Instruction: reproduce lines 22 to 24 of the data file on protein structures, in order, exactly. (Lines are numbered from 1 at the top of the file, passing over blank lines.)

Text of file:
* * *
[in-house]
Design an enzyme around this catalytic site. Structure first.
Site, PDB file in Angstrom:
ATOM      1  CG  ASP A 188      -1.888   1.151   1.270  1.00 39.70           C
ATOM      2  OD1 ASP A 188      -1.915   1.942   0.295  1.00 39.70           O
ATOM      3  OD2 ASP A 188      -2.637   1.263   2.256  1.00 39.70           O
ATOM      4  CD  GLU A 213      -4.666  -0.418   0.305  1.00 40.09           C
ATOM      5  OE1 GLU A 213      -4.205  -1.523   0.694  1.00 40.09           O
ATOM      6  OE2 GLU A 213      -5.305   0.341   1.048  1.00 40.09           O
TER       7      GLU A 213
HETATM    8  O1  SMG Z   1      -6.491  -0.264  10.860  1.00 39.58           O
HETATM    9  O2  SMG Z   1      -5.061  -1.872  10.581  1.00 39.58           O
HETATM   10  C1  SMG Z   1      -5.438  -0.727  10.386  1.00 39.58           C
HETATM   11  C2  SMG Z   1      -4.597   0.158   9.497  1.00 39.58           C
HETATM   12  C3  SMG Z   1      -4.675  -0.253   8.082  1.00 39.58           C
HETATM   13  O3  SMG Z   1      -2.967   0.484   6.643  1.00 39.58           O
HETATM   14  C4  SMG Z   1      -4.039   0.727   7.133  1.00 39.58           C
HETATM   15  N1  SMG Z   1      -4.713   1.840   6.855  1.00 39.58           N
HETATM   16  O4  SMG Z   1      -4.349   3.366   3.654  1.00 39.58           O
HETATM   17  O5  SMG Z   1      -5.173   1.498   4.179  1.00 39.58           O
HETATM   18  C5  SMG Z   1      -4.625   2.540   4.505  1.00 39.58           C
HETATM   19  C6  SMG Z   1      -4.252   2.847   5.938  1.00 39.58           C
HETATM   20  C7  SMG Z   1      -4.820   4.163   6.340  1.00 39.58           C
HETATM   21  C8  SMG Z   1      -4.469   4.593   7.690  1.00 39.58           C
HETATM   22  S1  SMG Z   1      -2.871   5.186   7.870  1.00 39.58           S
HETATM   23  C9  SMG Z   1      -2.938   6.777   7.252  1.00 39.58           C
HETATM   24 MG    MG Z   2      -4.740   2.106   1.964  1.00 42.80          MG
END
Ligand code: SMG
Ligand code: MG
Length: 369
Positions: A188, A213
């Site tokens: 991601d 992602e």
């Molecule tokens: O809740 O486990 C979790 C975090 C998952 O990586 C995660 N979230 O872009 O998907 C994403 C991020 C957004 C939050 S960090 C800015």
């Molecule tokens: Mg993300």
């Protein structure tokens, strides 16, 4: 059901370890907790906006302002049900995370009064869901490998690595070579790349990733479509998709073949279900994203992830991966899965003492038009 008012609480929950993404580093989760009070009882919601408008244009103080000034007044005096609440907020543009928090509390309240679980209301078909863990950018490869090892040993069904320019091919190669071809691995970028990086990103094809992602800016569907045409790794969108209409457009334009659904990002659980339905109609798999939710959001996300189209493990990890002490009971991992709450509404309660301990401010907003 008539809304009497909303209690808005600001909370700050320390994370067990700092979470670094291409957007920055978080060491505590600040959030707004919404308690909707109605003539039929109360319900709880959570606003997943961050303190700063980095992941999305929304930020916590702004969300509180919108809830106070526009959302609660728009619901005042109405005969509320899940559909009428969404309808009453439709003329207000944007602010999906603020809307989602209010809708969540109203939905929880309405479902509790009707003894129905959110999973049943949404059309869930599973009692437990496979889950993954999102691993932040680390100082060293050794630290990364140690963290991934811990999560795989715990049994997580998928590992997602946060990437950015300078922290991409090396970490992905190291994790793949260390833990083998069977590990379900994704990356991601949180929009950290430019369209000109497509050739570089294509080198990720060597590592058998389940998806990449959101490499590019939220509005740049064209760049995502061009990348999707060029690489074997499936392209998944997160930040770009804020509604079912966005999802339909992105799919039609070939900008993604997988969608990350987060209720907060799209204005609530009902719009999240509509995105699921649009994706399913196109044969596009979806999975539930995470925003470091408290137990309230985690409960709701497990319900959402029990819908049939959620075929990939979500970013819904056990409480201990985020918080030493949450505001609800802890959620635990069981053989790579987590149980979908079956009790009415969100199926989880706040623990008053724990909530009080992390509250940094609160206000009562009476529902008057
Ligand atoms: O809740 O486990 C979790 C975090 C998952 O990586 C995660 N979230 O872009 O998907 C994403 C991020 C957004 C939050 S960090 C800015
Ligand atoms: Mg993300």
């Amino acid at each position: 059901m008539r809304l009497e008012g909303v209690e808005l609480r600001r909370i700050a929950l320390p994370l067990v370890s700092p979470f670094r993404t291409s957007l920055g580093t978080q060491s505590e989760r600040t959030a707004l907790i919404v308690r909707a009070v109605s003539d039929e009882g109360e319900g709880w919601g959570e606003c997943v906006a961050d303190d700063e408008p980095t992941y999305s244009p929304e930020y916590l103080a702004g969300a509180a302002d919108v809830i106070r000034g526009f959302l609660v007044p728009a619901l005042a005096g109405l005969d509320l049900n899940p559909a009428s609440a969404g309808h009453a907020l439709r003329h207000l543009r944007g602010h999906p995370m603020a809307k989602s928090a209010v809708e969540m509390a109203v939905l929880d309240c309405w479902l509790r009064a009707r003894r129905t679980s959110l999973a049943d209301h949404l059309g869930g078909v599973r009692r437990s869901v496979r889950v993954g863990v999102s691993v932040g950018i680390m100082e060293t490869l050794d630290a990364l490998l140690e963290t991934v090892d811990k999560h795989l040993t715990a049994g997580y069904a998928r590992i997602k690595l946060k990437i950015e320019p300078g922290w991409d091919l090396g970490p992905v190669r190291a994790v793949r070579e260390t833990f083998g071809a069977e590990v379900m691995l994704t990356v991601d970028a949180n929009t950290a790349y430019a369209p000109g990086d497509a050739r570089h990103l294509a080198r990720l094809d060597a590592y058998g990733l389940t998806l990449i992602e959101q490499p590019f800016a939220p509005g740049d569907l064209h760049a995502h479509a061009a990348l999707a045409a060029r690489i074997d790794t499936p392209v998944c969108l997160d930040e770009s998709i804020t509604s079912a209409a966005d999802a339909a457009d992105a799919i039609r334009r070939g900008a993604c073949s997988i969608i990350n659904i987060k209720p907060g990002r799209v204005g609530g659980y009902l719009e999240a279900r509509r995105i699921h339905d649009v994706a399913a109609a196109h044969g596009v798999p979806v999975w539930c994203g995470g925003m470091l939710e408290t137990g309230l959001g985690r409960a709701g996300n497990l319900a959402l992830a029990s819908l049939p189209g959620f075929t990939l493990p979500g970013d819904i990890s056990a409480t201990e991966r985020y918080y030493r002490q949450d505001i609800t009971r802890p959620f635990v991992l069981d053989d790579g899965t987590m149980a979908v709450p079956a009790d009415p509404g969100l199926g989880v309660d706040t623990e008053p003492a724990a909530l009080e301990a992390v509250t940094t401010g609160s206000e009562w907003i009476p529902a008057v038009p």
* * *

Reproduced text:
HETATM   19  C6  SMG Z   1      -4.252   2.847   5.938  1.00 39.58           C
HETATM   20  C7  SMG Z   1      -4.820   4.163   6.340  1.00 39.58           C
HETATM   21  C8  SMG Z   1      -4.469   4.593   7.690  1.00 39.58           C